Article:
Articles Posted in Indiana Supreme Court

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Father murdered Mother in the presence of their two small children. Father's brother and his significant other (Guardians) were granted guardianship over the children. The paternal grandmother (Grandmother) petitioned to intervene in the guardianship for purposes of seeking grandparent visitation. Guardians argued that Grandmother lacked standing to petition for visitation. The trial court disagreed and granted limited visitation for Grandmother but later declared the grandparent visitation order void and vacated for want of subject matter jurisdiction, finding that Grandmother lacked standing. The Supreme Court affirmed, holding that Grandmother lacked standing to file a grandparent visitation petition under the Grandparent Visitation Statute because she was not the grandparent of the deceased parent, nor was she the grandparent of a dissolved marriage. View "In re Guardianship of A.J.A." on Justia Law

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In 2008, Stephen and Edward were beaten in Union elections and lost their positions. Deborah, Edward's wife, was a clerical employee and voluntary member of the Union, but the business manager/secretary-treasurer terminated Deborah's employment as well. Deborah, Stephen, and Edward all sued the Union to recover compensation for unused accrued vacation pay. The trial court granted summary judgment for the Union. The Supreme Court (1) affirmed the trial court's decision as to Edward and Stephen's claims, holding that because the Union bylaws clearly addressed the compensation, including vacation pay, of its elected officers, the Union was the sole arbiter of disputes arising under its governing documents; and (2) reversed summary judgment against Deborah's claim, holding (i) Deborah, as an employee, was entitled to accrue vacation pay unless there was an arrangement or policy to the contrary; and (ii) there was an issue of material fact as to whether an arrangement or policy regarding vacation time existed during Deborah's employment. Remanded. View "Comm'r of Labor v. Int'l Union of Painters & Allied Trades AFL-CIO, CLC Dist. Council 91" on Justia Law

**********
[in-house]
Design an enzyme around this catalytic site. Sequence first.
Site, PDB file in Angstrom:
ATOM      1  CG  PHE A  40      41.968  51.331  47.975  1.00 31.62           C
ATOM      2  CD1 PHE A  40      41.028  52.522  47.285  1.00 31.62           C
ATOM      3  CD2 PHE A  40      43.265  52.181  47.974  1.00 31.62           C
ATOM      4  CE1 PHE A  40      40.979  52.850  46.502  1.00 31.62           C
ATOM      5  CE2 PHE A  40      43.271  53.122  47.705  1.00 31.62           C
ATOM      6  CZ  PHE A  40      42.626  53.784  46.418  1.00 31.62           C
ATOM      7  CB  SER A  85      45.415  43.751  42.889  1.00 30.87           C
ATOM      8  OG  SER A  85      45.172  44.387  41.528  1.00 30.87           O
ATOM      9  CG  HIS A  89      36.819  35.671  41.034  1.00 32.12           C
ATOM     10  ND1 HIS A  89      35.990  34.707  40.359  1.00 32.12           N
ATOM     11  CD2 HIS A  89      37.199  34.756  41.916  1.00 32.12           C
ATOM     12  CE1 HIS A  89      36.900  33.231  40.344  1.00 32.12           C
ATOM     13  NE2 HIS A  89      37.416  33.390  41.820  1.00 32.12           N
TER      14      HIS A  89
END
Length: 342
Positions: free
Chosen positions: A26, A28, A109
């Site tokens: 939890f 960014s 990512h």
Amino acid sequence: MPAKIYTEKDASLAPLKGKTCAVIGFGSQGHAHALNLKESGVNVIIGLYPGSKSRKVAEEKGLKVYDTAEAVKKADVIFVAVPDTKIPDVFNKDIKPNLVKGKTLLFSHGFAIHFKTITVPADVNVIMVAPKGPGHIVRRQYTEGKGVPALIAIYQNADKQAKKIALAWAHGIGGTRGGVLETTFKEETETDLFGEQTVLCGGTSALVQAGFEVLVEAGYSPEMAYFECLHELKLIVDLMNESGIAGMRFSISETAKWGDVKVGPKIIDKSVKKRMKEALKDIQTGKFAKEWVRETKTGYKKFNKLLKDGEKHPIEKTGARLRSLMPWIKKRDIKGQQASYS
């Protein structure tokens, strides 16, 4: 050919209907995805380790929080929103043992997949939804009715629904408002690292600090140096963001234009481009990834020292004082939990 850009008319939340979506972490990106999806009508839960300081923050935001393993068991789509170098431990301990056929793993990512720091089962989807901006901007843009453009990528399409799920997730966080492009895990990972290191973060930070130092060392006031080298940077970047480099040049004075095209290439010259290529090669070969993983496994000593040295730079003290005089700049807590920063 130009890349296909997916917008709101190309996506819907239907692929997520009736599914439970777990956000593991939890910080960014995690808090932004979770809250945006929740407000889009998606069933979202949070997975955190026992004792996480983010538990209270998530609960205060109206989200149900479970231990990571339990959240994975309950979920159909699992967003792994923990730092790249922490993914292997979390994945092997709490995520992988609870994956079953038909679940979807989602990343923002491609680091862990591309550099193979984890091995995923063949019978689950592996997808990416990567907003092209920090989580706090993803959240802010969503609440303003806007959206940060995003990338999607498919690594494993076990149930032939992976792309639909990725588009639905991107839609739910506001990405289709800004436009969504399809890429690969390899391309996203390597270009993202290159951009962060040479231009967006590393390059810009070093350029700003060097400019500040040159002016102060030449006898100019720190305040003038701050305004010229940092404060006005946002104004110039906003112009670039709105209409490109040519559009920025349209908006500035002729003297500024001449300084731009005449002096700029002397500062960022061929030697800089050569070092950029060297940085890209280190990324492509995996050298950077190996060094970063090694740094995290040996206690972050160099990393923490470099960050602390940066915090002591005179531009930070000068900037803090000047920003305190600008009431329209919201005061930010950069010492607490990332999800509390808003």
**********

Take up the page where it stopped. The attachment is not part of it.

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After a bench trial, Defendant was convicted of two counts of sexual misconduct with a minor as class B felonies. The trial court sentenced Defendant to maximum consecutive terms after finding "substantial aggravating circumstances" and no mitigating circumstances. The court of appeals revised the sentence to concurrent terms of twenty years, finding that Defendant's forty-year sentence was not proportionate in comparison to Walker v. State and Harris v. State. The Supreme Court granted transfer and affirmed the sentence imposed by the trial court, holding that the sentence in this case was not inappropriate under Ind. R. App. 7(B) and did not warrant appellate revision. View "Chambers v. State" on Justia Law

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Appellant, a juvenile, admitted to conduct that would constitute felony sexual battery if committed by an adult. The trial court subsequently ordered Appellant to register as a sex offender. Appellant appealed, arguing insufficient evidence supported the court's finding that he was likely to repeat a sex offense. The court of appeals affirmed. The Supreme Court reversed, holding (1) a juvenile may only be ordered to register as a sex offender if, after an evidentiary hearing, the trial court expressly finds by clear and convincing evidence that the juvenile is likely to commit another sex offense; and (2) the trial court erred in placing Appellant on the registry where its order was neither issued in connection with an evidentiary hearing, nor accompanied by any findings. View "N.L. v. State" on Justia Law

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Defendant was charged with the murder of his mother. He was subsequently found guilty but mentally ill and ultimately sentenced to fifty-five years' incarceration. Defendant filed an amended petition for post-conviction relief, alleging that his trial counsel rendered ineffective assistance for, inter alia, failing to object to the trial court's tendered instruction on the penal consequences of verdicts for not responsible by reason of insanity and guilty but mentally ill. Defendant's petition was denied. The Supreme Court affirmed, holding that Defendant failed to satisfy the prejudice prong of Strickland v. Washington and therefore could not prevail on his ineffective assistance claim. View "Passwater v. State" on Justia Law